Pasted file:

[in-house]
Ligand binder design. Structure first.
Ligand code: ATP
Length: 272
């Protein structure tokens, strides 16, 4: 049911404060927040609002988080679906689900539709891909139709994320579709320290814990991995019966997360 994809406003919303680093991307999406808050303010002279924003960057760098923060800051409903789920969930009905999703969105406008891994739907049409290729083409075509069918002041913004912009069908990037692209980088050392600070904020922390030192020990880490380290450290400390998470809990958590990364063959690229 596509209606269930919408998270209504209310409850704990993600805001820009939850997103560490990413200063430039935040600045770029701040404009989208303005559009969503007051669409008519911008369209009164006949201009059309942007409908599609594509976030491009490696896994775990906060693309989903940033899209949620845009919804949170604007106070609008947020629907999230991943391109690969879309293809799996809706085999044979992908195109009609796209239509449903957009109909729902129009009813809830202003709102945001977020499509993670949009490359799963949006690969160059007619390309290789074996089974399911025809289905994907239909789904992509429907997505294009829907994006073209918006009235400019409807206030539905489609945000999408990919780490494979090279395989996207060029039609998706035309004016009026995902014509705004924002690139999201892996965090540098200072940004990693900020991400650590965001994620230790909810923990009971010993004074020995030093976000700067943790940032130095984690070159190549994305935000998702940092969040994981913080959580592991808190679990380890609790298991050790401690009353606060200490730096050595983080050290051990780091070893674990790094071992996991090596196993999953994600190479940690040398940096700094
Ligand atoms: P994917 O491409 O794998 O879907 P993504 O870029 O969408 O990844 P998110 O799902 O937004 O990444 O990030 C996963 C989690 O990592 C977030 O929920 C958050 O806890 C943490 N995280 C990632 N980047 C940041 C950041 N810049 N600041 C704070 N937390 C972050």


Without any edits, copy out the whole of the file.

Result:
[in-house]
Ligand binder design. Structure first.
Ligand code: ATP
Length: 272
């Protein structure tokens, strides 16, 4: 049911404060927040609002988080679906689900539709891909139709994320579709320290814990991995019966997360 994809406003919303680093991307999406808050303010002279924003960057760098923060800051409903789920969930009905999703969105406008891994739907049409290729083409075509069918002041913004912009069908990037692209980088050392600070904020922390030192020990880490380290450290400390998470809990958590990364063959690229 596509209606269930919408998270209504209310409850704990993600805001820009939850997103560490990413200063430039935040600045770029701040404009989208303005559009969503007051669409008519911008369209009164006949201009059309942007409908599609594509976030491009490696896994775990906060693309989903940033899209949620845009919804949170604007106070609008947020629907999230991943391109690969879309293809799996809706085999044979992908195109009609796209239509449903957009109909729902129009009813809830202003709102945001977020499509993670949009490359799963949006690969160059007619390309290789074996089974399911025809289905994907239909789904992509429907997505294009829907994006073209918006009235400019409807206030539905489609945000999408990919780490494979090279395989996207060029039609998706035309004016009026995902014509705004924002690139999201892996965090540098200072940004990693900020991400650590965001994620230790909810923990009971010993004074020995030093976000700067943790940032130095984690070159190549994305935000998702940092969040994981913080959580592991808190679990380890609790298991050790401690009353606060200490730096050595983080050290051990780091070893674990790094071992996991090596196993999953994600190479940690040398940096700094
Ligand atoms: P994917 O491409 O794998 O879907 P993504 O870029 O969408 O990844 P998110 O799902 O937004 O990444 O990030 C996963 C989690 O990592 C977030 O929920 C958050 O806890 C943490 N995280 C990632 N980047 C940041 C950041 N810049 N600041 C704070 N937390 C972050």